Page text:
Working Toward a More Affordable Housing Market
Here’s how the U.S. can take steps forward in this uphill battle.
The COVID-19 crisis has made it clear that access to affordable homes is essential for individual and public health. In the U.S., there are more than 7.5 million extremely low-income renters spending more than half of their incomes on housing, according to a recent report from the National Low-Income Housing Coalition. “Such cost burdens lead too often to housing instability and homelessness,” the report highlighted.
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NLIHC researchers also found that there is no state, metropolitan area or county where full-time, minimum-wage workers can afford a two-bedroom apartment. What is more, in 93 percent of U.S. counties, minimum-wage workers can’t afford a simple one-bedroom apartment either.
As the federal eviction moratorium expired, millions are at risk of losing their homes by the end of the year. According to estimates by Goldman Sachs, between 2.5 million and 3.5 million households are behind on rent, and 750,000 households will eventually be evicted under the current policy.
The affordable housing crisis is as critical as it can get. And while solutions exist, the path to solving the affordability issue is not a straight line.
“Solving the affordable crisis certainly is not an easy task, and, despite the many varied efforts, developing affordable housing continues to be an uphill battle,” John Sullivan, vice president with TWG Development, told Multi-Housing News.
Affordable housing developers face several roadblocks, including high land and construction costs, outdated zoning regulations, general nimbyism, lack of funding options and lengthy permitting timelines. While there continue to be reforms in land-use and zoning regulations, it is still difficult for the private sector to reach low-income renters without federal subsidies.
Better policies, more housing
On Sept. 1, the Biden administration unveiled its Build Back Better Agenda that aims to enable the construction and rehabilitation of more than one million affordable housing units over the next several years. This program includes the expansion of the Low-Income Housing Tax Credits, as well as major investments in the HOME Investment Partnerships Program, the Housing Trust Fund and the Capital Management Fund.
Additionally, agencies across the federal government are taking action to expand the affordable housing stock over the next three years. This includes relaunching the Federal Financing Bank and HUD Risk Sharing program, increasing Fannie Mae and Freddie Mac’s LIHTC investment cap, and making funding available for affordable housing production under the Capital Magnet Fund.
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Nevertheless, according to Sullivan, the quickest and most viable way to solve the housing crisis is to further strengthen the Section 42 program. While recent measures taken to fix the 4 percent and 9 percent rates have been an important step forward, affordable housing developers need more resources.
“That could include such fixes as increasing the supply of 9 percent credits to each state or reducing the 50 percent bond test to a 25 percent test,” Sullivan explained.
An analysis by Novogradac concluded that lowering the 50 percent bond test to 25 percent would result in nearly $94 billion “freed” bond cap over the next 10 years. Overall, decreasing the percentage of affordable housing aggregate basis required to be financed by private activity bonds, while remaining eligible for LIHTCs, would facilitate the construction or preservation of at least 1.4 million affordable units over the next decade.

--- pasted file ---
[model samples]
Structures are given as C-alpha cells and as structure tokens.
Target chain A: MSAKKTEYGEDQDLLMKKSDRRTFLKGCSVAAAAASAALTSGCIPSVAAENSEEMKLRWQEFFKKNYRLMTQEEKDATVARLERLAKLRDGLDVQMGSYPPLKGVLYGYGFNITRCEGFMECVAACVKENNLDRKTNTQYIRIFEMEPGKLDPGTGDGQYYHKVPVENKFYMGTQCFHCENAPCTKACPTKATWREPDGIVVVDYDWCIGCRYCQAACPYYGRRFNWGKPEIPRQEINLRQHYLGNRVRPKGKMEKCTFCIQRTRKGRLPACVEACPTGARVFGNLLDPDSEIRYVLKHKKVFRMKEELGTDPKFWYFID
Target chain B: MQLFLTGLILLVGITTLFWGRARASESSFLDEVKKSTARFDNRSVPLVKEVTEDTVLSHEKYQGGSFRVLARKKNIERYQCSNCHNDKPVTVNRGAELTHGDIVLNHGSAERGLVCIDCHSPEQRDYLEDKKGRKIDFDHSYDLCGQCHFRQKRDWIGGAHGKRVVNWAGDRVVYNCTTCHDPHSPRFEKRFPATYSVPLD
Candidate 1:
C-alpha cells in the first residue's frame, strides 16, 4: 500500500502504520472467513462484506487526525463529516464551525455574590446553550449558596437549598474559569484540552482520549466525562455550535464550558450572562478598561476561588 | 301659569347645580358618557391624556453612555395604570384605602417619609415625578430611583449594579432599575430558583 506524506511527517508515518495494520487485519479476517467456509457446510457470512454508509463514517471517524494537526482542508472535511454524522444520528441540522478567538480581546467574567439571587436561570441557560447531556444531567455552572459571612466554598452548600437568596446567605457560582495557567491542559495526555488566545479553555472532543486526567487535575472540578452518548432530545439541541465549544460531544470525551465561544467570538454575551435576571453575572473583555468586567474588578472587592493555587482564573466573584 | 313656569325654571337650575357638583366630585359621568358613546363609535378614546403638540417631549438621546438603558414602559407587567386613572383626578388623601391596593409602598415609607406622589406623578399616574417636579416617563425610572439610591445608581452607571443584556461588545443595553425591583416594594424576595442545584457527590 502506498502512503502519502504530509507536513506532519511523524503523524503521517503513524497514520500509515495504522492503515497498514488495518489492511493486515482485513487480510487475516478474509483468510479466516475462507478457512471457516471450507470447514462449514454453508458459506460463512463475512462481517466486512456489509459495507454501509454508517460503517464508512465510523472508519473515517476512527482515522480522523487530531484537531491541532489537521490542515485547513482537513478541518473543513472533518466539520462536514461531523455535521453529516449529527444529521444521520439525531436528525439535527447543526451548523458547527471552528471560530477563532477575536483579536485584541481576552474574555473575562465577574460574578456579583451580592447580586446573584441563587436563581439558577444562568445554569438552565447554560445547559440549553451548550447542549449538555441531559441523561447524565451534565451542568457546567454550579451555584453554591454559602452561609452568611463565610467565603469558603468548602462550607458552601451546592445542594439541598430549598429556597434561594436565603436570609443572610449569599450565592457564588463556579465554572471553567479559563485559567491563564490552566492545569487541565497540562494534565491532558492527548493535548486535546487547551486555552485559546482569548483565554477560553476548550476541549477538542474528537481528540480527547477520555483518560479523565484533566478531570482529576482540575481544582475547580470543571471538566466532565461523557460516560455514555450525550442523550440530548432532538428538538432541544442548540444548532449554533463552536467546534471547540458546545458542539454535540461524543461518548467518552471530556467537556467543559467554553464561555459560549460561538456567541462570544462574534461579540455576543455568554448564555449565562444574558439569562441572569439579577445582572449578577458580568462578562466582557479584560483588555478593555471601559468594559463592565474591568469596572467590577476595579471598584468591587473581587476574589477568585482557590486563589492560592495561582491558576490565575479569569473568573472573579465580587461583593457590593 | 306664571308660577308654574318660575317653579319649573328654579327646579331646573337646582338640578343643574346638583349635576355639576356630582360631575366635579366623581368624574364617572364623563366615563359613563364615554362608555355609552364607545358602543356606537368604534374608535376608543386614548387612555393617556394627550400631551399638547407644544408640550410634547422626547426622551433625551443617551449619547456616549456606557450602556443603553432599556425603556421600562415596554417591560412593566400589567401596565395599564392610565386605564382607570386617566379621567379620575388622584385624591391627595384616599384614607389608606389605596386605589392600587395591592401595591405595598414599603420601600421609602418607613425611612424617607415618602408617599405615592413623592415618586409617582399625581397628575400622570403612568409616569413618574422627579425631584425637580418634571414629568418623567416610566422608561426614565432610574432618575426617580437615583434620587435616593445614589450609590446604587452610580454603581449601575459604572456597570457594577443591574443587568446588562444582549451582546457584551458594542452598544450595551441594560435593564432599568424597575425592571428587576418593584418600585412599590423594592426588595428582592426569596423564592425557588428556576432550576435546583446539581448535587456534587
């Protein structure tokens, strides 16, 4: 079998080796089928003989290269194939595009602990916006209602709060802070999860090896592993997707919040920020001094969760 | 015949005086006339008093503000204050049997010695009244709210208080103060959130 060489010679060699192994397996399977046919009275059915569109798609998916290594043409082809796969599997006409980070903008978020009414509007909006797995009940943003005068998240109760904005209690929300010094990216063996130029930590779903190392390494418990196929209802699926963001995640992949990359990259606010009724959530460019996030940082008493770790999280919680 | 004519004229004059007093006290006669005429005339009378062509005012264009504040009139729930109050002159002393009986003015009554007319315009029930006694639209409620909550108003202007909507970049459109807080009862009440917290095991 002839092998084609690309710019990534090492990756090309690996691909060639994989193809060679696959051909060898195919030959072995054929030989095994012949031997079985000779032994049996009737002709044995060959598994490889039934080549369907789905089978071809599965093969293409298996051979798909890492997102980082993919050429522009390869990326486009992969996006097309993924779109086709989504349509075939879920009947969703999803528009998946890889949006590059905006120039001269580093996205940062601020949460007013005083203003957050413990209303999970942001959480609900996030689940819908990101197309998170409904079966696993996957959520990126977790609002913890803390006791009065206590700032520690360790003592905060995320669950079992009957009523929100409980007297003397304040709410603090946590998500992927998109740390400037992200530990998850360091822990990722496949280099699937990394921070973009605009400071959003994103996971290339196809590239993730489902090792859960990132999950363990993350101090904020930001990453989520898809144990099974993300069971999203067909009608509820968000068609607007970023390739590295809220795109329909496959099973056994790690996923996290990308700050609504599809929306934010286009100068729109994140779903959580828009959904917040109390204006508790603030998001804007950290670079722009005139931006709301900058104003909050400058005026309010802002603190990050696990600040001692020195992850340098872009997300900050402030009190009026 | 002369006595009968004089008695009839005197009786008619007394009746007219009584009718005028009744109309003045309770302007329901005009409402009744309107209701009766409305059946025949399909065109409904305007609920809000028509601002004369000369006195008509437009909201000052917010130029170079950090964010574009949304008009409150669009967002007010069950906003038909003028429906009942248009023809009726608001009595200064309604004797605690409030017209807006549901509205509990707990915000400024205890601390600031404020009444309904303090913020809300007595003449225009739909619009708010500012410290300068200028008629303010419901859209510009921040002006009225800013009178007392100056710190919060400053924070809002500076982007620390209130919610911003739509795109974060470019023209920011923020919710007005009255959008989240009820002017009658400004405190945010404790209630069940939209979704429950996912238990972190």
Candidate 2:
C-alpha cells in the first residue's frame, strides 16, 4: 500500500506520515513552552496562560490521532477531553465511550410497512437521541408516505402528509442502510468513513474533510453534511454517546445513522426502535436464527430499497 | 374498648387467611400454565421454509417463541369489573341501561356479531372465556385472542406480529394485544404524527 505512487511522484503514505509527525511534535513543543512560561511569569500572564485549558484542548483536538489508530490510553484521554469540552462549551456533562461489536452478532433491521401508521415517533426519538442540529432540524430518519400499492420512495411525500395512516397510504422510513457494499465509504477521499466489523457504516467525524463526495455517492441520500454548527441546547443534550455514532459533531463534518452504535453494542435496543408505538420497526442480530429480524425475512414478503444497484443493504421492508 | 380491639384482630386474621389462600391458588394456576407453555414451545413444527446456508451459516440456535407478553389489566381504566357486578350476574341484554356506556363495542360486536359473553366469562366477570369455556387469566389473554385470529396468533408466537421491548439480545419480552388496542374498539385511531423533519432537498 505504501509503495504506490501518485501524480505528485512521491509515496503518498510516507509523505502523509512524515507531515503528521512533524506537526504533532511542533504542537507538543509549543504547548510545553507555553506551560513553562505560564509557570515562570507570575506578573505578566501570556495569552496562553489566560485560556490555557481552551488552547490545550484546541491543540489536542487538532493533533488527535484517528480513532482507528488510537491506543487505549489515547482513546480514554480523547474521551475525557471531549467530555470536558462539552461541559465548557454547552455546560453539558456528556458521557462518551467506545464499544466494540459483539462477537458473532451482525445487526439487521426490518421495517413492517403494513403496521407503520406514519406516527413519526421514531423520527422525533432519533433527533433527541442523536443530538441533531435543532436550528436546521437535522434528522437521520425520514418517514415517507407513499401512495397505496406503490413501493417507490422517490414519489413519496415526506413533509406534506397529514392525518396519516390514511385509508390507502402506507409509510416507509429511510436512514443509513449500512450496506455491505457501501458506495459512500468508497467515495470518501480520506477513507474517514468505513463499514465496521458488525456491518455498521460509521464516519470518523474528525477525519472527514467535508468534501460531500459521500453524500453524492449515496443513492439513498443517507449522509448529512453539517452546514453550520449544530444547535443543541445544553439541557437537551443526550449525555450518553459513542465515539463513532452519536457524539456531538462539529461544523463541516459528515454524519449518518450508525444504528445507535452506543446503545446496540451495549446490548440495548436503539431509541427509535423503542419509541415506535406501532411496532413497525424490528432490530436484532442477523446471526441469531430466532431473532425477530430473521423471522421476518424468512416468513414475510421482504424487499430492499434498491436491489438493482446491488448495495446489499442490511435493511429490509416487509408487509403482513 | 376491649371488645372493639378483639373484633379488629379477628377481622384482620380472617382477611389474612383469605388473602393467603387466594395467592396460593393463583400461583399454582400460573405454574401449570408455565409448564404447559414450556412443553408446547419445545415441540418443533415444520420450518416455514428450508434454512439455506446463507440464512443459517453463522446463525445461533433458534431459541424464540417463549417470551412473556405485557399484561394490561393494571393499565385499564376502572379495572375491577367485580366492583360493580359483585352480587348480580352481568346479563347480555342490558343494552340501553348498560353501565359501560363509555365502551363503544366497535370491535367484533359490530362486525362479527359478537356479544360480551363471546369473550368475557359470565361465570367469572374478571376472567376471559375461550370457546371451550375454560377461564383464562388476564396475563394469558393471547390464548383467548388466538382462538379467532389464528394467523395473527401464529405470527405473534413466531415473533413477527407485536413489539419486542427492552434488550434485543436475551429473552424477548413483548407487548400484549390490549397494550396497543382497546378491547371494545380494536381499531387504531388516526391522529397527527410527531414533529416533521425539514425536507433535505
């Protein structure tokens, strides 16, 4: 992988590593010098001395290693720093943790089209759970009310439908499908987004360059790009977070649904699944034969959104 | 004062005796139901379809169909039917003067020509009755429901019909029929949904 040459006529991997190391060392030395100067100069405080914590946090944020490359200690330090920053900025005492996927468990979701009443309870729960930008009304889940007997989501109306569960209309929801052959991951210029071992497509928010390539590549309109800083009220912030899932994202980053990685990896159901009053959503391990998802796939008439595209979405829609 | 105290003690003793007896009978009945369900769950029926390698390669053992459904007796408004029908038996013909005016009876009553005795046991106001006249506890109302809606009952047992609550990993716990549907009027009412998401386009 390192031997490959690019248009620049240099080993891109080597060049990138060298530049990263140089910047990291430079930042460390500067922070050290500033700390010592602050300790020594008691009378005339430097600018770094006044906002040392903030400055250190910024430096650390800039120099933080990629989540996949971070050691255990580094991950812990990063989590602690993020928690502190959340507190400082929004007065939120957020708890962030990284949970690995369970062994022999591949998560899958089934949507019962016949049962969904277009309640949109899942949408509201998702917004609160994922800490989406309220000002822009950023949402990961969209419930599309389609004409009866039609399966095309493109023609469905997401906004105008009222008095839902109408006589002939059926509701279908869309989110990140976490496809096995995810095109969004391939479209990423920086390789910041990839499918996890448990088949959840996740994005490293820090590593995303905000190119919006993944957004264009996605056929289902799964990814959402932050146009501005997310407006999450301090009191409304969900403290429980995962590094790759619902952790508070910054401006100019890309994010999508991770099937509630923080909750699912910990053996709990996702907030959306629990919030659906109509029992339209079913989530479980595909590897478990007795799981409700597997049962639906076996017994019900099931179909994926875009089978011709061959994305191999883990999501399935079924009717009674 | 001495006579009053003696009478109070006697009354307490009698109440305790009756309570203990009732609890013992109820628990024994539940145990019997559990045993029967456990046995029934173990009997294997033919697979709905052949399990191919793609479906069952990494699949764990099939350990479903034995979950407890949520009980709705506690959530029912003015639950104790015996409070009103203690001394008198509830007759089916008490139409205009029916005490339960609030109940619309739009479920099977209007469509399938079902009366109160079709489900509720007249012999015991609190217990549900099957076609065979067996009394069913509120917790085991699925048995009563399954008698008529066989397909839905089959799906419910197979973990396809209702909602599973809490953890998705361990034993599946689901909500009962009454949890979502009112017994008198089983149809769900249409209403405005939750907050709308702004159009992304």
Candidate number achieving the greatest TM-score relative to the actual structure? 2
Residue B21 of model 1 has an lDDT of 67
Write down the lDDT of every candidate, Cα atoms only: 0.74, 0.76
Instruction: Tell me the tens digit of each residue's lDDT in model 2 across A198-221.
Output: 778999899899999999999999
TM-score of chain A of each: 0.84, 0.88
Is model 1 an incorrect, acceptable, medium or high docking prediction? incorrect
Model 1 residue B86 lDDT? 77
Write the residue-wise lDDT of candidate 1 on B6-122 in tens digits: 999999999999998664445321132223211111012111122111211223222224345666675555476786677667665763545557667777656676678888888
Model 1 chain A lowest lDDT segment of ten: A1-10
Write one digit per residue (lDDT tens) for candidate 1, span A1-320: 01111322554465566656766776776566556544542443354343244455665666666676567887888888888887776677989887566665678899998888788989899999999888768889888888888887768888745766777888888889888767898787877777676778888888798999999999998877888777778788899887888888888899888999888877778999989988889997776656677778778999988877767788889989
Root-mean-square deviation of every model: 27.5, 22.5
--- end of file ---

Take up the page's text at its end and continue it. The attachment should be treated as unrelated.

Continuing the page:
Hotel to multifamily: another opportunity
While policymakers are working on creating more options to developing affordable housing, the tsunami of hotel closures across the U.S. has also opened new opportunities since the onset of the health crisis.
“With almost 30,000 hotels fully or periodically shut down throughout the pandemic, we have had an opportunity to acquire these assets at a feasible price to convert over the past year,” said Morgan Van Riper-Rose, director of investor relations at Repvblik.
Although general nimbyism, zoning regulations and entitlement barriers might slow down the conversion process, the existing floor plates in hotels make adaptive reuse less troublesome. Existing hotel assets usually have conference space, business and fitness centers, and lobbies, which can be easily converted into common areas and amenities for future residents, Van Riper-Rose pointed out. “In some cases, we find that we’re able to use up to 80 percent of the existing envelope,” he stated.
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According to Sam Isaacson, president at Walker & Dunlop Investment Partners, certain hotel assets might be converted more efficiently than others due to their construction and suite style. For instance, units with a built-in kitchen can cut down costs and time meaningfully.
However, when investing in distressed hotels, it is important to analyze the micro location, Isaacson said. “For example, being right off a freeway in a retail corridor might not be the best location. As we analyze deals in this space, we often find that one of these key pieces does not quite fit, which many times will break the deal,” he explained.
As housing prices continue to go up and the renter population continues to expand, housing needs will also increase. Repurposing distressed hotel buildings in the right locations might help boost the affordable housing supply.
“Of course, more permanent solutions need to be sought, but adaptive reuse absolutely could put a significant dent in the shortage of affordable housing. … We must find creative ways to bring a substantial amount of new affordable housing inventory to cities. We think this is the most effective way of doing that,” Van Riper-Rose concluded.